The new adaptation of the comic book "Teenage Mutant Ninja Turtles," directed by Jonathan Liebesman, often feels like some sort of corporate seminar in brand management. There is something half-hearted about the entire film, as if those behind it were involved not because they wanted to make it, not because they should make it, but just because they could.
Based on the comic first released in 1984 that had been made into a feature film in 1990, the new film is written by Josh Appelbaum, André Nemec and Evan Daugherty and produced by Michael Bay and his production company Platinum Dunes. The involvement of Bay and company may help explain the intrusive Nokia and Victoria's Secret product placement as part of a package deal from the recent "Transformers" film, as well as the background billboard for the 2015 film "Project Almanac."
The story opens with Megan Fox as a New York City TV news reporter who wants to work on the story of a burgeoning crime wave but is, instead, assigned to jump on a trampoline for a segment on exercise fads. It seems for a few brief moments as if the movie and Fox are commenting on the kinds of sexist roles made available to young actresses. When later the film lingers too long on her curvy backside, the implied auto-critique has been either forgotten or proved disconcertingly on point.
If it seems as if this review is taking its time getting to the large talking turtles who are teenagers and trained as ninjas, that's because the film does too. Turns out that Fox's character has a personal connection to the creatures, and so they join forces to fight a wealthy industrialist (William Fichtner) who plans to endanger New York in order to be the one to save it. (The less one dwells on the specifics, the better.)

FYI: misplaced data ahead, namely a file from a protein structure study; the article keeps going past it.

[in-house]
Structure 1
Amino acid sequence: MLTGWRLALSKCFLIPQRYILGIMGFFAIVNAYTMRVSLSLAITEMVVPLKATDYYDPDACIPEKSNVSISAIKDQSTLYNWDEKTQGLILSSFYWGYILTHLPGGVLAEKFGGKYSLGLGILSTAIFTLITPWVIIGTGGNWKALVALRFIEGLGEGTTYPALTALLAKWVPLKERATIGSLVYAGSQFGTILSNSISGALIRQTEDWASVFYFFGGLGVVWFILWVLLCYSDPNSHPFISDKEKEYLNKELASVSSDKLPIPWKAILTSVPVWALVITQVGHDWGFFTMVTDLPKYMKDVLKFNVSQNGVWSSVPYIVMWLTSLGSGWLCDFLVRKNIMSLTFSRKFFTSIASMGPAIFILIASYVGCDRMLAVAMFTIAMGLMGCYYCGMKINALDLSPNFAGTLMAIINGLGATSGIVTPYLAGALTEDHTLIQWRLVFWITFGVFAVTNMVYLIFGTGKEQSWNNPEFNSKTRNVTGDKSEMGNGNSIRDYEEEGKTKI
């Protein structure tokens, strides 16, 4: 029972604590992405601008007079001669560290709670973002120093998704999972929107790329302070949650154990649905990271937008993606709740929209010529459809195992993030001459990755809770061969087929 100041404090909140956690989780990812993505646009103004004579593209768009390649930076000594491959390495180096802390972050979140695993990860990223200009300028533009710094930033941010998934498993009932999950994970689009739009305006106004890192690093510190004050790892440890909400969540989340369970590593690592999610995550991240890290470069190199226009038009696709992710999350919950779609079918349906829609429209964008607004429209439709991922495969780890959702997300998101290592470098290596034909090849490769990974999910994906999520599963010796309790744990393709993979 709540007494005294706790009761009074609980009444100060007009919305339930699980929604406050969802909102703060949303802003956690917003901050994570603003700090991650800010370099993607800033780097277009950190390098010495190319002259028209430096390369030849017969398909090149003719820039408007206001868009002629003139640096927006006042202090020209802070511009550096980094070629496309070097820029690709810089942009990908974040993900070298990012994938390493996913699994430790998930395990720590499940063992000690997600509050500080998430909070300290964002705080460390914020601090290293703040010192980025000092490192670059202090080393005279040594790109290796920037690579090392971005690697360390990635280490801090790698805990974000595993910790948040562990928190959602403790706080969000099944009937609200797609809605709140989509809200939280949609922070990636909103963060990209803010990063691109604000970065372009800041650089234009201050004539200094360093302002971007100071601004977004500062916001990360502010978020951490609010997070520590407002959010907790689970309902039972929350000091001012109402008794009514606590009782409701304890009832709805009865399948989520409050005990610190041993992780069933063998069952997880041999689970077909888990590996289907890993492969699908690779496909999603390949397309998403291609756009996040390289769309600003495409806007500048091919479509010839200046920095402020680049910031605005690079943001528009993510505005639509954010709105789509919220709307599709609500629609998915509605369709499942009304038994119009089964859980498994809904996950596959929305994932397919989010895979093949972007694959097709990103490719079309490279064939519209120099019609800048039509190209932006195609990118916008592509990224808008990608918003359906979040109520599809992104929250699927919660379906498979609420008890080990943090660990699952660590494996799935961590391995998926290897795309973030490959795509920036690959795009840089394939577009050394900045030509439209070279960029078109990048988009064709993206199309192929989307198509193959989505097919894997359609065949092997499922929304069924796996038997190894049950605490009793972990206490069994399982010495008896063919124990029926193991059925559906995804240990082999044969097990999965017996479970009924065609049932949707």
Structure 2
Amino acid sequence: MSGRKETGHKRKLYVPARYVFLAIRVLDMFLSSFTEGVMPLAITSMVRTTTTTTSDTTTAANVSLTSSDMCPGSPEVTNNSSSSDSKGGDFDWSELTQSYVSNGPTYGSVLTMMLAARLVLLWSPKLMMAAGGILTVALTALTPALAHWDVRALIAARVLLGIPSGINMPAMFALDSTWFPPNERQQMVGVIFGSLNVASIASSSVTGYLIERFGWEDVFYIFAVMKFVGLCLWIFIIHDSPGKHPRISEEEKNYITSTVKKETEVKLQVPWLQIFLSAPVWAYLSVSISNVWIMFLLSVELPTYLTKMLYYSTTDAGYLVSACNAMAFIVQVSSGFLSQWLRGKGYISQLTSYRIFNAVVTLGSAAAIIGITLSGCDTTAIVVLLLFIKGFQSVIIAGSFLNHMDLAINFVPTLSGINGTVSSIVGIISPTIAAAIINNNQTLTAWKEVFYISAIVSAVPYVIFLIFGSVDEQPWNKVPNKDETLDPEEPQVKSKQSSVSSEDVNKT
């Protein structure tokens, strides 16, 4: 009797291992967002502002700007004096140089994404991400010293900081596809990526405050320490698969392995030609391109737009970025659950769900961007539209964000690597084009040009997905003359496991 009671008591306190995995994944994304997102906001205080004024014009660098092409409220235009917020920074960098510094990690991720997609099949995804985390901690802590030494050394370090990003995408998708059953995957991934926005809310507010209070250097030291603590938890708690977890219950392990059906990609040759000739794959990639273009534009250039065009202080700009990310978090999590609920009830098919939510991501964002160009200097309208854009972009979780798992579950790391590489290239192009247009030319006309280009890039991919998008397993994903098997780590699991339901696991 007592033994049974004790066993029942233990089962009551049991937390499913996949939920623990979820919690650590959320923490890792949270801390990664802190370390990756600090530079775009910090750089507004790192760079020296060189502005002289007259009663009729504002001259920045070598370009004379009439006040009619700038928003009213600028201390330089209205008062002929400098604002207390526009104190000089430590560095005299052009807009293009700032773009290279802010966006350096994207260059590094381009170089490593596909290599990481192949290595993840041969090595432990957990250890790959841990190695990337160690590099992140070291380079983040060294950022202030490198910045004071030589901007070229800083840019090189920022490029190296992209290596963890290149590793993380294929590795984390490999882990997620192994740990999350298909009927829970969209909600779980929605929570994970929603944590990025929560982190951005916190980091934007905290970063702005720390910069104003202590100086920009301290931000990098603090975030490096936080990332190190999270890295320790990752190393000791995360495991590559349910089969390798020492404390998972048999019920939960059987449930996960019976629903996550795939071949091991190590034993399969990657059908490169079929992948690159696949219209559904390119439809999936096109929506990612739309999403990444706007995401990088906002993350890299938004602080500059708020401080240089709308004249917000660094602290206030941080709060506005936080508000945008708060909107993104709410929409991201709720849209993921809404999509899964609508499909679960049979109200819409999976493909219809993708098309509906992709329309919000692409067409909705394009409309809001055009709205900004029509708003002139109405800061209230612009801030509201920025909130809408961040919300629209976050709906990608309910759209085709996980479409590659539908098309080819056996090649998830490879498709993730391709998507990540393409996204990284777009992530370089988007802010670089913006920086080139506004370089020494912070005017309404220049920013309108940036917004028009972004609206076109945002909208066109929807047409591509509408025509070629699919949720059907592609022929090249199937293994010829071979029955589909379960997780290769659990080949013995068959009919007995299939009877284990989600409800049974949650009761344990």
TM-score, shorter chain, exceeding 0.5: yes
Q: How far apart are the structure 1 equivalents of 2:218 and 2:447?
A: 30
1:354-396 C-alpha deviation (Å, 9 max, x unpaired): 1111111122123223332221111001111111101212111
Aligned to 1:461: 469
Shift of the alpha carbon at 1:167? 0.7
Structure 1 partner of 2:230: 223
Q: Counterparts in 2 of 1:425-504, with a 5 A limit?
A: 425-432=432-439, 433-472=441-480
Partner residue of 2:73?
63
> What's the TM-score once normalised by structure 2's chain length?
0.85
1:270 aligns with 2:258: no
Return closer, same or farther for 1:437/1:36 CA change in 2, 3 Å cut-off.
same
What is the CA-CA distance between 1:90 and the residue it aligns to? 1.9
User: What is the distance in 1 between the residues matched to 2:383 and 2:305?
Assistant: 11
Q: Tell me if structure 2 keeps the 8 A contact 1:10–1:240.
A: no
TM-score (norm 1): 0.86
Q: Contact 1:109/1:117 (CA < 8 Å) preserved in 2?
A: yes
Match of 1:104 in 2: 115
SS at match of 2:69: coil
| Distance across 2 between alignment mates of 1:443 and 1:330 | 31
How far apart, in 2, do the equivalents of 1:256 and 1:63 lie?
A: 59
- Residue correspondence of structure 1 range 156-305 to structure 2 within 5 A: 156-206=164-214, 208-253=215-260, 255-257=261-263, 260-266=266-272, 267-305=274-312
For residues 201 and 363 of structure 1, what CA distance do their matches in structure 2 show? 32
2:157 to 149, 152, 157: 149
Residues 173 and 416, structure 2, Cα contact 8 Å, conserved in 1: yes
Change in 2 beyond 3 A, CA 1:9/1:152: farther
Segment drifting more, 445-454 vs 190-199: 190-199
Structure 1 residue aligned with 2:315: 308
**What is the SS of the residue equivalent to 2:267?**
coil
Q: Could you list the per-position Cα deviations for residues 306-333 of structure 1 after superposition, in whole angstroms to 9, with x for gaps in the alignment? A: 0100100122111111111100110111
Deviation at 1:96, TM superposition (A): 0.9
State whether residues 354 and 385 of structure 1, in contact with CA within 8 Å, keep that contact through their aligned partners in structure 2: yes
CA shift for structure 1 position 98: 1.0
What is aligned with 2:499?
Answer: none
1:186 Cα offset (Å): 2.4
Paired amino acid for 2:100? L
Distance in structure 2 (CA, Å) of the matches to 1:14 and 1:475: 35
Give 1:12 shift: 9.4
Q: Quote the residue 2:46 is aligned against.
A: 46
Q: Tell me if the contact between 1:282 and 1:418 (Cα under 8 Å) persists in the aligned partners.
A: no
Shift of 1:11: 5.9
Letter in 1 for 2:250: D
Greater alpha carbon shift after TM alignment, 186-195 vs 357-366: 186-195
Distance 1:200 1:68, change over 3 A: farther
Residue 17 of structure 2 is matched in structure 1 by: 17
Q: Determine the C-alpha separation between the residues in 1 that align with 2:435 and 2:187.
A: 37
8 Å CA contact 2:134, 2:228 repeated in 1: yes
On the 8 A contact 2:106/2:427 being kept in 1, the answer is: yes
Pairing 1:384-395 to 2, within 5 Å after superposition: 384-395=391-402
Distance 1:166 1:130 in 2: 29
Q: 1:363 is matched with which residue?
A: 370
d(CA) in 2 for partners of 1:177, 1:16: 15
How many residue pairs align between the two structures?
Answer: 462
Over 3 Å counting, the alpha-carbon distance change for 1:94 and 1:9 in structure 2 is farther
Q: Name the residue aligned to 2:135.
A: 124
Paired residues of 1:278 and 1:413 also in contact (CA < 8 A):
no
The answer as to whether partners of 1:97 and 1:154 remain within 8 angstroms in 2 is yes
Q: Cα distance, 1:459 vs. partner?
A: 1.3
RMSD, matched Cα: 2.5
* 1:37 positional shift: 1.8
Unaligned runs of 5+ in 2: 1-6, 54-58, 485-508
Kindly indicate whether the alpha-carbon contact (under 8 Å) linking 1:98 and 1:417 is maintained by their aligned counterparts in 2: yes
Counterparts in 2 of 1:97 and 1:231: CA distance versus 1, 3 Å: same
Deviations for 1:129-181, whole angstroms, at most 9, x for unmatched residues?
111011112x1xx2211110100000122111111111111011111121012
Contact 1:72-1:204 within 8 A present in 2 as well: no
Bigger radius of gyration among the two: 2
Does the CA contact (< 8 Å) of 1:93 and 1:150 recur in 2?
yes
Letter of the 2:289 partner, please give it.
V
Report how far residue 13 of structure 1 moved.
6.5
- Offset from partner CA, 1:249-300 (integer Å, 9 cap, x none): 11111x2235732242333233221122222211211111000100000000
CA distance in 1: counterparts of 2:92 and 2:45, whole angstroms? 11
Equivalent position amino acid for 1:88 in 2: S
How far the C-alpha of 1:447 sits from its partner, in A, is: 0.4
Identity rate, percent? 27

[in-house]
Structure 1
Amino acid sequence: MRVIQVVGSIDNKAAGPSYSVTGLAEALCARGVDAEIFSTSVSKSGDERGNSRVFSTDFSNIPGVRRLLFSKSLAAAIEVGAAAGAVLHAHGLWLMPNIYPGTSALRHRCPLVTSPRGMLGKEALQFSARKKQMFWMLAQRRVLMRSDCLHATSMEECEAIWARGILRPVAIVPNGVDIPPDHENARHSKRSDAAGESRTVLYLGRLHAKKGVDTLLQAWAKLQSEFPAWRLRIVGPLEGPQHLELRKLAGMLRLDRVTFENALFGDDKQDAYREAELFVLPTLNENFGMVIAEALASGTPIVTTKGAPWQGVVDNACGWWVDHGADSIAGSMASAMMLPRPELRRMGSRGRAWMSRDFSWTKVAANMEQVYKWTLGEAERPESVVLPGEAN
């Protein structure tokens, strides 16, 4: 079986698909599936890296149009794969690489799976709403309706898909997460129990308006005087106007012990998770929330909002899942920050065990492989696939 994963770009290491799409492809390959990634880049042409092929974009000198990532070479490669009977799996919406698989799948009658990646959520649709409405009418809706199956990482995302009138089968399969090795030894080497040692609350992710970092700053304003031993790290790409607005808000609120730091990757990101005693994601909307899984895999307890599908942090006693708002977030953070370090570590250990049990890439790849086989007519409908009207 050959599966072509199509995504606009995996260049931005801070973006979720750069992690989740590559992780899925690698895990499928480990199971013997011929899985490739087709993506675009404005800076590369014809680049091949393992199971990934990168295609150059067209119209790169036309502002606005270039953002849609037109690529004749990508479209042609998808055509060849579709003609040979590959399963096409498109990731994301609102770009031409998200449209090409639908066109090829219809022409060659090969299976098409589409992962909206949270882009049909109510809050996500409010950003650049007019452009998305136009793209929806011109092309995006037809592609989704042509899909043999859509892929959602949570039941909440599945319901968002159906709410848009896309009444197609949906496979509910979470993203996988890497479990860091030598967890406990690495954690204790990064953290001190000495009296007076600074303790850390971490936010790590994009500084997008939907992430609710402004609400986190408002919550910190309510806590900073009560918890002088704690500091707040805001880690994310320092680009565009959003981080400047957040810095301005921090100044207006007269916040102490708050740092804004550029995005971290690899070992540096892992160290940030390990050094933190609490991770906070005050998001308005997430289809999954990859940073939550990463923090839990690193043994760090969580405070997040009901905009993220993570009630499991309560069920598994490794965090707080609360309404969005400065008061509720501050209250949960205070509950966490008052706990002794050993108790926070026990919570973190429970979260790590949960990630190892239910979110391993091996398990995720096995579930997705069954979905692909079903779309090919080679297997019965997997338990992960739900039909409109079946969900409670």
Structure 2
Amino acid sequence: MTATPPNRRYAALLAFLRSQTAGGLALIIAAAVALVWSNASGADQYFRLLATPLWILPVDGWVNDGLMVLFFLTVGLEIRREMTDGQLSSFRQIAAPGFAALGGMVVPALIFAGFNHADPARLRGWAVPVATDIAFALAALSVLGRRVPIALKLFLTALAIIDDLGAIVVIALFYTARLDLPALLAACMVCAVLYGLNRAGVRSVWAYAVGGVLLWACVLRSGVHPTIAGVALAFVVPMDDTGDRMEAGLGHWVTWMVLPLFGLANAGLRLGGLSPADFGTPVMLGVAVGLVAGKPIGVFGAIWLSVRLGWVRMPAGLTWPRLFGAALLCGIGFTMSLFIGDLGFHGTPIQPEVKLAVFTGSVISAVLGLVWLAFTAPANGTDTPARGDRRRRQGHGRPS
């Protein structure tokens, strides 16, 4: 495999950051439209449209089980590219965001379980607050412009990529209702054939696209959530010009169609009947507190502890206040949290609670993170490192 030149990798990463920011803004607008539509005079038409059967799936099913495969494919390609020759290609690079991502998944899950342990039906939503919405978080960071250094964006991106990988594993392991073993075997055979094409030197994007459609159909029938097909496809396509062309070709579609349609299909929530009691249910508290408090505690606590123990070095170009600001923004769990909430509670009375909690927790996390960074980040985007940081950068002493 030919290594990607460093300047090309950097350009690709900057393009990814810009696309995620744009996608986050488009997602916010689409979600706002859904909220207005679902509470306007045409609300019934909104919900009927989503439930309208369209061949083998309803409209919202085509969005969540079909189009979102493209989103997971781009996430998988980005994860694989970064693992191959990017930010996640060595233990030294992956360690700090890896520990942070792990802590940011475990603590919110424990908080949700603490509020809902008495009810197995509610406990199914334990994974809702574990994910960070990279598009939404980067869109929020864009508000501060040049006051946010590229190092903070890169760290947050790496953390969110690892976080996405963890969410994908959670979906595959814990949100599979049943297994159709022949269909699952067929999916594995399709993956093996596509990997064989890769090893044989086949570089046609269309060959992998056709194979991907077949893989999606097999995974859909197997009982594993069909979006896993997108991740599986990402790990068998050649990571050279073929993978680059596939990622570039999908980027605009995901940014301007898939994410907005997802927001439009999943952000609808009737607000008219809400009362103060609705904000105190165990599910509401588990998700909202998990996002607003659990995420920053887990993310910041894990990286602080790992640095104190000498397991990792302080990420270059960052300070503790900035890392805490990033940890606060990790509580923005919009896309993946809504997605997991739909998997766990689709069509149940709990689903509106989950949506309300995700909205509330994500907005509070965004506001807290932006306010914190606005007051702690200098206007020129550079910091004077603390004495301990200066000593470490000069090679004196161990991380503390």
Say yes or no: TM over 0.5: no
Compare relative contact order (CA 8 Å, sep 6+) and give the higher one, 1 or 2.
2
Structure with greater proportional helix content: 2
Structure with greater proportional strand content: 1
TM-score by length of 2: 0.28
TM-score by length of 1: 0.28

Rather than hokey men in costumes, the four turtles — Leonardo, Raphael, Donatello and Michelangelo — are created using performance capture techniques not unlike what has been done with the animals in the recent "Planet of the Apes" movies. (Johnny Knoxville voices Leonardo while the anonymous actors who perform the roles voice the other turtles.) The turtles look lively and pretty lifelike, it must be said, but with no real-world correlation also more strange than anything else. Even though they are the title characters and the main attractions, the turtles often feel left in the background of their own movie.
The film's high point is an action sequence set on a snowy mountain with the turtles improvising their shells as toboggans while fighting bad guys and swerving under and around an out-of-control big-rig tractor-trailer. There is a snap and specificity missing elsewhere, likely courtesy of Dan Bradley, who worked on the dazzling stunts in the "Bourne" pictures and is credited here as "snow unit director."
The biggest problem with the movie is it can never quite decide who it's for or why it exists. A moment where the Turtles' rat-ninja mentor (voiced by Tony Shalhoub) is nearly killed by a villain is a bit intense for younger audiences. Comedians Abby Elliott and Taran Killam appear briefly, implying jokes for grown-ups left on the cutting-room floor, and Whoopi Goldberg also feels underused in her couple of scenes as Fox's boss.
Not out-and-out terrible enough to be completely dismissed, while also not particularly memorable either, perhaps the truest summation of the film is to say simply that the new "Teenage Mutant Ninja Turtles" is a movie that exists.
'Teenage Mutant Ninja Turtles'
MPAA rating: PG-13 for sci-fi action violence.
Running time: 1 hour and 41 minutes.
Playing: In wide release.Copyright © 2014, Los Angeles Times